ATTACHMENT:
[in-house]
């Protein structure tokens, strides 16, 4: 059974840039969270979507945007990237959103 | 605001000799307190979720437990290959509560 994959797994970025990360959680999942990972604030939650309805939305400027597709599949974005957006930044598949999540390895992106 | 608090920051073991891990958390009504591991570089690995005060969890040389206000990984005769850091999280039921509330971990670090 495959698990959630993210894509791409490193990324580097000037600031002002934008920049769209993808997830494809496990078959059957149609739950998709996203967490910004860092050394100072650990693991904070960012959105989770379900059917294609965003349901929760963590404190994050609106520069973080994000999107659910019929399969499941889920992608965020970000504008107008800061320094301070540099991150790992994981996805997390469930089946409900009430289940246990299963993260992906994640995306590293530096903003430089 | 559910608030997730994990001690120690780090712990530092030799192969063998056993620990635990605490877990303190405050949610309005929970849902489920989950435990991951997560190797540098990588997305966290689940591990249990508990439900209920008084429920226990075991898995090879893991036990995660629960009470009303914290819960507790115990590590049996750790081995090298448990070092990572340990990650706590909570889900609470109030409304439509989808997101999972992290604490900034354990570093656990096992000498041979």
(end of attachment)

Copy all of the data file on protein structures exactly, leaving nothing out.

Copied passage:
[in-house]
């Protein structure tokens, strides 16, 4: 059974840039969270979507945007990237959103 | 605001000799307190979720437990290959509560 994959797994970025990360959680999942990972604030939650309805939305400027597709599949974005957006930044598949999540390895992106 | 608090920051073991891990958390009504591991570089690995005060969890040389206000990984005769850091999280039921509330971990670090 495959698990959630993210894509791409490193990324580097000037600031002002934008920049769209993808997830494809496990078959059957149609739950998709996203967490910004860092050394100072650990693991904070960012959105989770379900059917294609965003349901929760963590404190994050609106520069973080994000999107659910019929399969499941889920992608965020970000504008107008800061320094301070540099991150790992994981996805997390469930089946409900009430289940246990299963993260992906994640995306590293530096903003430089 | 559910608030997730994990001690120690780090712990530092030799192969063998056993620990635990605490877990303190405050949610309005929970849902489920989950435990991951997560190797540098990588997305966290689940591990249990508990439900209920008084429920226990075991898995090879893991036990995660629960009470009303914290819960507790115990590590049996750790081995090298448990070092990572340990990650706590909570889900609470109030409304439509989808997101999972992290604490900034354990570093656990096992000498041979």